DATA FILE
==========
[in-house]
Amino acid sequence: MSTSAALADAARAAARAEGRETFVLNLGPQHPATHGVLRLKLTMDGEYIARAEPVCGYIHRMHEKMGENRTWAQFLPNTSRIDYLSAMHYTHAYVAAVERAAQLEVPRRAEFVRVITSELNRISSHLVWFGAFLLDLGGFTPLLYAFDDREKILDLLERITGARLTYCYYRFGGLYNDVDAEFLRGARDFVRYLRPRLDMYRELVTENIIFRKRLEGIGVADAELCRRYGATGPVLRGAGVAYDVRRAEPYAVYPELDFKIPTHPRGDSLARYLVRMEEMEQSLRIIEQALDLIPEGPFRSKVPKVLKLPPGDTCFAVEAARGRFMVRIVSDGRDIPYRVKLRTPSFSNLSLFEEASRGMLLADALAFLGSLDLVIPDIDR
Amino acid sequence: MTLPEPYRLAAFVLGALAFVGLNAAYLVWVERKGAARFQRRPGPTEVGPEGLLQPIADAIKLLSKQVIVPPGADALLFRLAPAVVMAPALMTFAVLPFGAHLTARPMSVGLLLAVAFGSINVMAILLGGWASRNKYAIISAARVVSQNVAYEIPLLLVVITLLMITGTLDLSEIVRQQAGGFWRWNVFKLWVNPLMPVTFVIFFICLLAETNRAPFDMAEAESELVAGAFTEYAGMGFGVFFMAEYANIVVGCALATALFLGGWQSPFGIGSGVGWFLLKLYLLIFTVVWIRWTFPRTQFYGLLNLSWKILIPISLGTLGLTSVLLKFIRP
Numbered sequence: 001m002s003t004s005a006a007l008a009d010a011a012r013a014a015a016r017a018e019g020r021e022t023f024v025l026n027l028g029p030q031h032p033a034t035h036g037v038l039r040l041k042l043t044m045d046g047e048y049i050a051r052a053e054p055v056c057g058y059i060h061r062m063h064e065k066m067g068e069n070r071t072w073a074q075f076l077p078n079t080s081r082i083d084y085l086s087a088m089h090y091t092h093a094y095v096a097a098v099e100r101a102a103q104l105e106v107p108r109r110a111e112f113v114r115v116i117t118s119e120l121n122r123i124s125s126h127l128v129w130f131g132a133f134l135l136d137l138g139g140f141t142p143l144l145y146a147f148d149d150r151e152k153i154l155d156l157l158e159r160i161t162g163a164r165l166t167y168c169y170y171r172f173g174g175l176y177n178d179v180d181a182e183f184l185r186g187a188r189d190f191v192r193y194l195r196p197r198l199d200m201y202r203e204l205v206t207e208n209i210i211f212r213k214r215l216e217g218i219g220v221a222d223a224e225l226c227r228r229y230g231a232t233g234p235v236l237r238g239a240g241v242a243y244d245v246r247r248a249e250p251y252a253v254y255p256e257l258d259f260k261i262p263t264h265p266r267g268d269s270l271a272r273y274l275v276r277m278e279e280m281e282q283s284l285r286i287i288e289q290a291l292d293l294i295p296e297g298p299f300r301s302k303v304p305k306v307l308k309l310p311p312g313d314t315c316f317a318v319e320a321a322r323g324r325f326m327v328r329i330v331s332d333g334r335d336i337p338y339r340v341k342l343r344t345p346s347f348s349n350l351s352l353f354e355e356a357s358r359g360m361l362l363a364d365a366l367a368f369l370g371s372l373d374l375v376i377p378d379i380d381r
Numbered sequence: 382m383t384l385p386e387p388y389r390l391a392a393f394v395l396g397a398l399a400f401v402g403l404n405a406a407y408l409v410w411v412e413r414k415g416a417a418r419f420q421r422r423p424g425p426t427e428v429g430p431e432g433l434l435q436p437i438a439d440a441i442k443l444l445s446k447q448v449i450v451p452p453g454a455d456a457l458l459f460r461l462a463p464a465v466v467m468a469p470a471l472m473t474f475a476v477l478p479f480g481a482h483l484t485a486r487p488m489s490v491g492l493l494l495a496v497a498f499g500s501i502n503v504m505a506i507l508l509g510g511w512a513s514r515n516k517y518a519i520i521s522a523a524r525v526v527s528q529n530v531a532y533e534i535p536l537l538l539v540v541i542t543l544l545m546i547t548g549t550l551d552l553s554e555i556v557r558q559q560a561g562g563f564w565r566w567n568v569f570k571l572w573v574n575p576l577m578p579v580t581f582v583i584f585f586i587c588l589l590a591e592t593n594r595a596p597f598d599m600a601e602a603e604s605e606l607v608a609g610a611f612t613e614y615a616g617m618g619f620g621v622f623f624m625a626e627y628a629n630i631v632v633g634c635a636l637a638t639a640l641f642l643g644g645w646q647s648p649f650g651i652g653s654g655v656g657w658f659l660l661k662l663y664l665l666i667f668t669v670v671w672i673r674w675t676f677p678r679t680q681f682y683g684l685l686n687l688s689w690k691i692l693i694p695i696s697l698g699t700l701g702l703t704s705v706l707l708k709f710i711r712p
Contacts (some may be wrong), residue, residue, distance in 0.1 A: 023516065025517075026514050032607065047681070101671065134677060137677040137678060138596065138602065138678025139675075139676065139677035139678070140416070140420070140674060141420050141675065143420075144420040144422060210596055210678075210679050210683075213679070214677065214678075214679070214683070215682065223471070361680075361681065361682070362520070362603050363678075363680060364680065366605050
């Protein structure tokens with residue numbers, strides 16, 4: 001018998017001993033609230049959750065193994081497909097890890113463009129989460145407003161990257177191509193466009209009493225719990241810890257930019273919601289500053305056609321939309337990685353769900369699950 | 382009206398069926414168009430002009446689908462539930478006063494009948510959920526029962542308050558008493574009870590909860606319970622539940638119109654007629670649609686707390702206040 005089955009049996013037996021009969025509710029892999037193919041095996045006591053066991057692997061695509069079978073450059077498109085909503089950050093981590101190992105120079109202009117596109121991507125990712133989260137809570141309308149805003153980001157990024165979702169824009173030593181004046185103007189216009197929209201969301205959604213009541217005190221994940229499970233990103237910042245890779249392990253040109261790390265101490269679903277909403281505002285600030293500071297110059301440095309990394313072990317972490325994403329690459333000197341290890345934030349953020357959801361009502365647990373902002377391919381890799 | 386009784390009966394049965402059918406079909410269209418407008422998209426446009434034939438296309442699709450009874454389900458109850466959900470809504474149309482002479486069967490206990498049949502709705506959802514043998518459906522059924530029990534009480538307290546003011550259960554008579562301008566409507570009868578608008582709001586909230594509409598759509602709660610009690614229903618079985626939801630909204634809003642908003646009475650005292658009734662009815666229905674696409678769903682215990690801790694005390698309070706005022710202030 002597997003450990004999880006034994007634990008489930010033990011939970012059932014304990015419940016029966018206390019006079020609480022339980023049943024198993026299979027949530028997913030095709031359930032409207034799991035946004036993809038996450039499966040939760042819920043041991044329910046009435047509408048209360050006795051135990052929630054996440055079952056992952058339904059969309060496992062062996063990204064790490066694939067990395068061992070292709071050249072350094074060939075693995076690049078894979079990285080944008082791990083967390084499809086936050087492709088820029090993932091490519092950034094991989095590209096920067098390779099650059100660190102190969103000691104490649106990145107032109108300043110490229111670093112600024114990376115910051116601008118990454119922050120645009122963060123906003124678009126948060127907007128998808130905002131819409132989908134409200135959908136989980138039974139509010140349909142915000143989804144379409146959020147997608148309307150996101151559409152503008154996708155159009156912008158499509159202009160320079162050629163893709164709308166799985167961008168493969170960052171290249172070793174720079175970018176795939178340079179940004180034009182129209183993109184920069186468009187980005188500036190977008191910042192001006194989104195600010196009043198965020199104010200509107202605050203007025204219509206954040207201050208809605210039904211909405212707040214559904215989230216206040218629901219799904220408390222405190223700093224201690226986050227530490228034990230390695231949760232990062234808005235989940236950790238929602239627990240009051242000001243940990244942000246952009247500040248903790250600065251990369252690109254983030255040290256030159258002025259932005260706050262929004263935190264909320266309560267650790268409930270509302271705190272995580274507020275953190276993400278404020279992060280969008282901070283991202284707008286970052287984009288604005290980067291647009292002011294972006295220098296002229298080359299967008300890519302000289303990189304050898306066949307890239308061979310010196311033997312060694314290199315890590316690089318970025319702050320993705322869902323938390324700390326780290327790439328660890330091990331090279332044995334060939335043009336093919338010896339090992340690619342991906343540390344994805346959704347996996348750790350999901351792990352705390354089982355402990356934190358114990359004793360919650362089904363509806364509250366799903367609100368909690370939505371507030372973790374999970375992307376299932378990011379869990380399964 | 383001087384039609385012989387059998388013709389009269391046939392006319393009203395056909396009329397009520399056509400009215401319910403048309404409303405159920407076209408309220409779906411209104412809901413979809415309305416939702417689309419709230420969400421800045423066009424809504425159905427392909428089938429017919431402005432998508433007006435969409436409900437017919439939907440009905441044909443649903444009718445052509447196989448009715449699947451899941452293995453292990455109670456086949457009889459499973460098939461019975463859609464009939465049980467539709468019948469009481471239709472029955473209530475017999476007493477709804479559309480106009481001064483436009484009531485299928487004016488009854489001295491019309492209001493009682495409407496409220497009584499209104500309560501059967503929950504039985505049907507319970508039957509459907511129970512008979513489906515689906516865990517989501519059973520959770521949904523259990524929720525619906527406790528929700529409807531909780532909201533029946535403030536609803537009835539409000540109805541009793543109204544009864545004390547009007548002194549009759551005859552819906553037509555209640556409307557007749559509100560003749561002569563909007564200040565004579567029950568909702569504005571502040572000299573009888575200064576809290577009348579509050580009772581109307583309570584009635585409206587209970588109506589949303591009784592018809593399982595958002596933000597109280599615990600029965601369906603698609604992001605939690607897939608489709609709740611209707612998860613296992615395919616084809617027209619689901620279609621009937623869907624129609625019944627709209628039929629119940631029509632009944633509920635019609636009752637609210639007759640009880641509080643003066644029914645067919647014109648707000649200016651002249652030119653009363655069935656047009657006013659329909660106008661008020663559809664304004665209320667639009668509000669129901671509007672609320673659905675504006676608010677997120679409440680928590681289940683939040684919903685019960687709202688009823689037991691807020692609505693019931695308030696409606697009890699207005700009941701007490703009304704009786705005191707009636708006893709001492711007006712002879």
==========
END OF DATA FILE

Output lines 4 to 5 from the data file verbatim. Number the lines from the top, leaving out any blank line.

Numbered sequence: 001m002s003t004s005a006a007l008a009d010a011a012r013a014a015a016r017a018e019g020r021e022t023f024v025l026n027l028g029p030q031h032p033a034t035h036g037v038l039r040l041k042l043t044m045d046g047e048y049i050a051r052a053e054p055v056c057g058y059i060h061r062m063h064e065k066m067g068e069n070r071t072w073a074q075f076l077p078n079t080s081r082i083d084y085l086s087a088m089h090y091t092h093a094y095v096a097a098v099e100r101a102a103q104l105e106v107p108r109r110a111e112f113v114r115v116i117t118s119e120l121n122r123i124s125s126h127l128v129w130f131g132a133f134l135l136d137l138g139g140f141t142p143l144l145y146a147f148d149d150r151e152k153i154l155d156l157l158e159r160i161t162g163a164r165l166t167y168c169y170y171r172f173g174g175l176y177n178d179v180d181a182e183f184l185r186g187a188r189d190f191v192r193y194l195r196p197r198l199d200m201y202r203e204l205v206t207e208n209i210i211f212r213k214r215l216e217g218i219g220v221a222d223a224e225l226c227r228r229y230g231a232t233g234p235v236l237r238g239a240g241v242a243y244d245v246r247r248a249e250p251y252a253v254y255p256e257l258d259f260k261i262p263t264h265p266r267g268d269s270l271a272r273y274l275v276r277m278e279e280m281e282q283s284l285r286i287i288e289q290a291l292d293l294i295p296e297g298p299f300r301s302k303v304p305k306v307l308k309l310p311p312g313d314t315c316f317a318v319e320a321a322r323g324r325f326m327v328r329i330v331s332d333g334r335d336i337p338y339r340v341k342l343r344t345p346s347f348s349n350l351s352l353f354e355e356a357s358r359g360m361l362l363a364d365a366l367a368f369l370g371s372l373d374l375v376i377p378d379i380d381r
Numbered sequence: 382m383t384l385p386e387p388y389r390l391a392a393f394v395l396g397a398l399a400f401v402g403l404n405a406a407y408l409v410w411v412e413r414k415g416a417a418r419f420q421r422r423p424g425p426t427e428v429g430p431e432g433l434l435q436p437i438a439d440a441i442k443l444l445s446k447q448v449i450v451p452p453g454a455d456a457l458l459f460r461l462a463p464a465v466v467m468a469p470a471l472m473t474f475a476v477l478p479f480g481a482h483l484t485a486r487p488m489s490v491g492l493l494l495a496v497a498f499g500s501i502n503v504m505a506i507l508l509g510g511w512a513s514r515n516k517y518a519i520i521s522a523a524r525v526v527s528q529n530v531a532y533e534i535p536l537l538l539v540v541i542t543l544l545m546i547t548g549t550l551d552l553s554e555i556v557r558q559q560a561g562g563f564w565r566w567n568v569f570k571l572w573v574n575p576l577m578p579v580t581f582v583i584f585f586i587c588l589l590a591e592t593n594r595a596p597f598d599m600a601e602a603e604s605e606l607v608a609g610a611f612t613e614y615a616g617m618g619f620g621v622f623f624m625a626e627y628a629n630i631v632v633g634c635a636l637a638t639a640l641f642l643g644g645w646q647s648p649f650g651i652g653s654g655v656g657w658f659l660l661k662l663y664l665l666i667f668t669v670v671w672i673r674w675t676f677p678r679t680q681f682y683g684l685l686n687l688s689w690k691i692l693i694p695i696s697l698g699t700l701g702l703t704s705v706l707l708k709f710i711r712p